The Lobster’s Body

The lobster is made up of two main parts, the cephalothorax, and the abdomen. The cephalothorax consists of the head and mid-section and is covered by a hard shell called the carapace. The abdomen is commonly referred to as the tail. The somites make up the 14 segments that are fused together to form the cephalothorax. Each somite has a pair of appendages located on different areas of the lobster’s body.

The First Part, or Segment, of the Body

The eyes of the lobster are located on the first segment and are housed at the end of two movable stalks found on either side of the rostrum. Lobsters have compound eyes made up of thousands of little lenses joined together. Despite having these complex eyes, lobsters actually have poor vision in bright light. Lobsters cannot see specific images but can detect motion in dim light.

The Second Segment of the Body

The cephalothorax of a lobster is integral to its survival as it contains the sensory organs and mouthparts required for essential tasks such as finding food, selecting mates, and determining danger. The antennules, found on the second segment, are responsible for detecting distant odors and chemical messages in seawater. With over 400 different types of receptors present on the antennules, lobsters can distinguish between species and are equipped with a sense of smell that humans would find astonishing. Additionally, the longer antennae on the third segment have sensory functions as well.

The Last Three Segments of the Body

The last three segments of the cephalon and first three segments of the thorax hold the vital mouthparts of the lobster, which have various tasks of gripping, passing food along, crushing, and ingestion. A deep understanding of the cephalothorax’s structure and function is crucial in comprehending a lobster’s behaviors and how it goes about fulfilling its biological needs.

Lobster Legs and Claws

The lobster’s walking legs and claws are situated in the remaining segments of its cephalothorax, specifically on segments 10-14. These five legs, including the claws, attach to the lobster’s body on either side. The first three pairs of legs terminate in pincers that are sharp, small, scissor-like claws capable of handling and tasting food. The interior of the pincers consists of tiny hairs that sense touch and taste.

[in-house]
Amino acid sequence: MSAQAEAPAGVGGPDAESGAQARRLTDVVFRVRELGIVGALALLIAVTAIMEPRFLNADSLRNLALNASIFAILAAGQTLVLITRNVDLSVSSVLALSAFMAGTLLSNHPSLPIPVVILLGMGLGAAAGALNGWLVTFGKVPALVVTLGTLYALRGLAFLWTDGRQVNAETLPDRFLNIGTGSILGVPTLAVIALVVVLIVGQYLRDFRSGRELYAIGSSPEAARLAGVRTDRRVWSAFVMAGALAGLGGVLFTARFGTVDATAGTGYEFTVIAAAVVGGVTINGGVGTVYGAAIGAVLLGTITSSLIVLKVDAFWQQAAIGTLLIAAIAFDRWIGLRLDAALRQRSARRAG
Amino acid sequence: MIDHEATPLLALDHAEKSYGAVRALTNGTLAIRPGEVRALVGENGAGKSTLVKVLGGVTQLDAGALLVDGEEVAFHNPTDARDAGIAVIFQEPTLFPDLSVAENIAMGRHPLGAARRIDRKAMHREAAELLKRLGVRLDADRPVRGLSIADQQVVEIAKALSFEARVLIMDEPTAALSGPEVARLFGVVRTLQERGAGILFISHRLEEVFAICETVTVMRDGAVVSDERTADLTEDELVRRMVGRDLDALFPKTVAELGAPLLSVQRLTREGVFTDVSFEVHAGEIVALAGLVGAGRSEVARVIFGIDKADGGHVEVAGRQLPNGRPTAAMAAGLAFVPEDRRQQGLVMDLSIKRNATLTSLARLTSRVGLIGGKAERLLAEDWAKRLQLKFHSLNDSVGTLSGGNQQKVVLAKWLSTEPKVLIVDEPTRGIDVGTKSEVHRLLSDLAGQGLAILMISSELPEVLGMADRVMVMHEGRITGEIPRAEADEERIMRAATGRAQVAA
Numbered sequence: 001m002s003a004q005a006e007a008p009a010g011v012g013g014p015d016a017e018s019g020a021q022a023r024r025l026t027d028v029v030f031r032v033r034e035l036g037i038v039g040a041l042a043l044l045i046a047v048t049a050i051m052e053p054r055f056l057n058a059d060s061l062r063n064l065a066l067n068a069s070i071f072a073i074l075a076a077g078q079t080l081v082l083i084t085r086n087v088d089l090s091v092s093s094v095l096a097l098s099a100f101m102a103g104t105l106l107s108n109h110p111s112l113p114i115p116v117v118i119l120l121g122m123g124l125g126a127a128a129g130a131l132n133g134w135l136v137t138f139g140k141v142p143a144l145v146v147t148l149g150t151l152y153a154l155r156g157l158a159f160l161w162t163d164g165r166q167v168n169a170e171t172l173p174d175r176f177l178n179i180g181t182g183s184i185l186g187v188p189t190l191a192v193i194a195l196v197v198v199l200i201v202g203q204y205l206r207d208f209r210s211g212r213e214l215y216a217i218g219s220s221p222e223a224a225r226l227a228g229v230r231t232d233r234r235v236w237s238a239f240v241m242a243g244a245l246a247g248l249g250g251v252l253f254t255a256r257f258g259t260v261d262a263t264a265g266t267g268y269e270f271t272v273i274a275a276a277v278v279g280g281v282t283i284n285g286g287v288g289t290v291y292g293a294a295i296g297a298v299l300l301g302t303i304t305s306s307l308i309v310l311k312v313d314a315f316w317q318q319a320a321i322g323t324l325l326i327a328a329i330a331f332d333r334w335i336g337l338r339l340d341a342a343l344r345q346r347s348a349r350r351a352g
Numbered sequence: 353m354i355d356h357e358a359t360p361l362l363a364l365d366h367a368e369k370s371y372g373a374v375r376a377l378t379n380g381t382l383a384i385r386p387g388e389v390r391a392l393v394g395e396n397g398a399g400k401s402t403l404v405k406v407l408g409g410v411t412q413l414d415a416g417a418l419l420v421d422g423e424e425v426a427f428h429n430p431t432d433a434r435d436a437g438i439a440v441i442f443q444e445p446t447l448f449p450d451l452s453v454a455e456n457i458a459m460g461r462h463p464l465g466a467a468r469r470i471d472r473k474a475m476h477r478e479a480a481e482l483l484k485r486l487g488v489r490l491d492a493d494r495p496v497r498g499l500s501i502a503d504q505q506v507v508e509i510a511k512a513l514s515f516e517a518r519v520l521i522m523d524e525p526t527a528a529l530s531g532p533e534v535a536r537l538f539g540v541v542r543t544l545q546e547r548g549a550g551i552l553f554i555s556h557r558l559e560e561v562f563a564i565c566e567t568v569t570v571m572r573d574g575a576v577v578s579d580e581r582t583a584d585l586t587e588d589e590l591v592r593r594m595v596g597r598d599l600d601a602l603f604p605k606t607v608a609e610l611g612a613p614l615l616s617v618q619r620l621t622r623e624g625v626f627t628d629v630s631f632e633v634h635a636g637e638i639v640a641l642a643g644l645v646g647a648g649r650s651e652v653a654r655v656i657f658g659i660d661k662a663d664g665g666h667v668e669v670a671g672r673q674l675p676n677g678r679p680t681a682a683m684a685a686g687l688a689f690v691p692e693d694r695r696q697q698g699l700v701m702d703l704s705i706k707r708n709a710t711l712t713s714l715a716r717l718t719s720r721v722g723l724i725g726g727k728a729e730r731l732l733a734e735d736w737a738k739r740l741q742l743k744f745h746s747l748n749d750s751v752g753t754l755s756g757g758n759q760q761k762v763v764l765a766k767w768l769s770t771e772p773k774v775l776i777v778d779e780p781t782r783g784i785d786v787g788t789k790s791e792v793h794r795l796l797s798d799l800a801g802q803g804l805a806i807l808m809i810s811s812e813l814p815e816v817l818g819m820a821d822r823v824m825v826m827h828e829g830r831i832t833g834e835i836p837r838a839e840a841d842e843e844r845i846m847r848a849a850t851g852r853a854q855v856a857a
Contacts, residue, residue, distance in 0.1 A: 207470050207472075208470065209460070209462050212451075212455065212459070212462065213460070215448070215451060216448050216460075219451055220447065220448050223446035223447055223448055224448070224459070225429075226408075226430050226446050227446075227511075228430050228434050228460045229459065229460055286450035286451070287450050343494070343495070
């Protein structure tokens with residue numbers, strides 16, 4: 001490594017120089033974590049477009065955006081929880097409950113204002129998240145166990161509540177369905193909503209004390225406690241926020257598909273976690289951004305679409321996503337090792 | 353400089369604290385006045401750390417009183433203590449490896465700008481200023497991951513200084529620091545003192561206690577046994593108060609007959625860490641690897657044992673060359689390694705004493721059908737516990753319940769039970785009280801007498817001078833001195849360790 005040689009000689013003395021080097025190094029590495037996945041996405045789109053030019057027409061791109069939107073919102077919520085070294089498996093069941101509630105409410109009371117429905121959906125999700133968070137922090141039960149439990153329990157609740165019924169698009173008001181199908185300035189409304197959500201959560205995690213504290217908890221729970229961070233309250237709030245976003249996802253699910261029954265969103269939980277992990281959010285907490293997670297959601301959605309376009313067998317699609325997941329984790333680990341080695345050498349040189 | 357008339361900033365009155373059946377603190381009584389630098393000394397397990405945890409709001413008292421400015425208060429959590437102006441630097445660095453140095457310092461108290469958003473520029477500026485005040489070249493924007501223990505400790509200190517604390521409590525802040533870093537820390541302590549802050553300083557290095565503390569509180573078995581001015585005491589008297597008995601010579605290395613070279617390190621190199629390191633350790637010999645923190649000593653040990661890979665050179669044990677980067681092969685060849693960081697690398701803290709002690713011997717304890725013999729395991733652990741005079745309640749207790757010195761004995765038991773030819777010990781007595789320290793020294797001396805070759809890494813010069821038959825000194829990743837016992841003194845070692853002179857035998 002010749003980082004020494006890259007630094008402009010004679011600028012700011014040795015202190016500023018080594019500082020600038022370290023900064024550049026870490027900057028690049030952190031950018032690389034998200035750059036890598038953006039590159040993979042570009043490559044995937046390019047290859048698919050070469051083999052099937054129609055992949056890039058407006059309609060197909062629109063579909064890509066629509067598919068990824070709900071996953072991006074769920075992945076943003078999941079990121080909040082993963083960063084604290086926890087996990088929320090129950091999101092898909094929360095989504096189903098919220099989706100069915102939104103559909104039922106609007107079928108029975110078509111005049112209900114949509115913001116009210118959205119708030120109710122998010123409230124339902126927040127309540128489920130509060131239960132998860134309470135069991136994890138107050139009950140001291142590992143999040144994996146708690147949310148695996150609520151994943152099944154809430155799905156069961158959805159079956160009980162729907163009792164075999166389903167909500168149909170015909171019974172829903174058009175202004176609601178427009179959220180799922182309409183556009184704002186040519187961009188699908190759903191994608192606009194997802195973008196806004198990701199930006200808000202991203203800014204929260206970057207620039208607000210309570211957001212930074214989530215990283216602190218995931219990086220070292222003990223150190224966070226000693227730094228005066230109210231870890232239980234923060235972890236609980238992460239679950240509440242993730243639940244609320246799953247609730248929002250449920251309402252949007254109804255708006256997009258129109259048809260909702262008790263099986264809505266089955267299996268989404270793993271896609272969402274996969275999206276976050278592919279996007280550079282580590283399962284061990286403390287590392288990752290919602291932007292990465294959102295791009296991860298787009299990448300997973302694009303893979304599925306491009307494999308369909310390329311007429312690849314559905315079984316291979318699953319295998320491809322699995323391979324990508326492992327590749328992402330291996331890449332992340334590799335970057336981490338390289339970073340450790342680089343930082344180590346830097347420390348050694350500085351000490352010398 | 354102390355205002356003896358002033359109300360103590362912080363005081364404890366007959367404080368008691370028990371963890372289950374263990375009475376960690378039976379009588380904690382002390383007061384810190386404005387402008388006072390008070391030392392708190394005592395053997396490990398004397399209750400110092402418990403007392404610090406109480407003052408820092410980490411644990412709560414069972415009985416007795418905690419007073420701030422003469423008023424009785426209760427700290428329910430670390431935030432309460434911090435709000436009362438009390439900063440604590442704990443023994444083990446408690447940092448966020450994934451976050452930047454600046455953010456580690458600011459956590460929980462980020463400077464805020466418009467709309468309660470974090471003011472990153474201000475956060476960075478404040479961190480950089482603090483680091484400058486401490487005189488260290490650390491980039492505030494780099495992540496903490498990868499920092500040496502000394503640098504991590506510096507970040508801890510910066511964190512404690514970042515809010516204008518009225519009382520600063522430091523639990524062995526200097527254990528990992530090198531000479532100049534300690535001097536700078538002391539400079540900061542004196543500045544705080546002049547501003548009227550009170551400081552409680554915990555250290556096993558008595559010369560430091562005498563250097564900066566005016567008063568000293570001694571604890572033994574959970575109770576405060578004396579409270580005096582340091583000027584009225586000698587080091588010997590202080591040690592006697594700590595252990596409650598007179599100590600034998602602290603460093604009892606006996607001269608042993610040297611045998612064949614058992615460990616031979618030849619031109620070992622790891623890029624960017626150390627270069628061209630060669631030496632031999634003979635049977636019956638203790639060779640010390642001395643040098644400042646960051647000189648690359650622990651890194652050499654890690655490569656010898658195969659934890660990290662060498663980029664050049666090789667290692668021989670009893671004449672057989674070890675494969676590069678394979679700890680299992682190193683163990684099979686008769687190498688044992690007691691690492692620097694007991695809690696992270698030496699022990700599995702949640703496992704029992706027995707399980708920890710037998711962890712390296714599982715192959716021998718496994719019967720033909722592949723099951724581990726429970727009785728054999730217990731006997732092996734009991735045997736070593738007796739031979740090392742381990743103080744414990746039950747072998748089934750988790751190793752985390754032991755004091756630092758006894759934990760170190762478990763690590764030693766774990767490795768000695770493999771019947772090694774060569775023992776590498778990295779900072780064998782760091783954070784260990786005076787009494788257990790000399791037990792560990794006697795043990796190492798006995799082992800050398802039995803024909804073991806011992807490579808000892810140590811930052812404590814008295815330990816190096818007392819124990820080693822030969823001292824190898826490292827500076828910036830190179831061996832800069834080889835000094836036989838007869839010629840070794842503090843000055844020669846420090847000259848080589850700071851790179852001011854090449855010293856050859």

The largest and sharpest pincers are located on the first legs and are known as claws. The smaller of the two claws is referred to as the pincer claw while the larger is the crusher claw. The crusher claw is more significant and powerful than the pincer claw, and its primary function is to break the shells of the lobster’s prey. The razor-shaped pincer claw, on the other hand, is useful in tearing into the soft flesh of the prey.

How to Tell the Difference Between a Male and Female

What is the easiest way to tell the difference between a male and female lobster? Check out their swimmerets, which are small, feathery appendages located on the underside of the tail. In females, the first pair of swimmerets are soft and translucent, while in males they are larger and hard and used to transfer sperm to the female during mating. Additionally, female lobsters tend to have wider tails and smaller claws than males. However, it can be harder to differentiate between male and female lobsters when they are young or of similar size. In this case, an experienced lobster fisherman or biologist may need to inspect the gonads of the lobster to determine its sex.


Lobsters are fascinating and complex creatures. And now you know that there’s much more to lobsters than a fancy dinner entree! With more information we can come to appreciate these animals and in turn have a greater respect for them and our oceans. works alongside real fishermen with the goal of bringing awareness to these complex creatures through sustainable fishing practices and education. Visit today for more information and to order fresh lobster right to your door.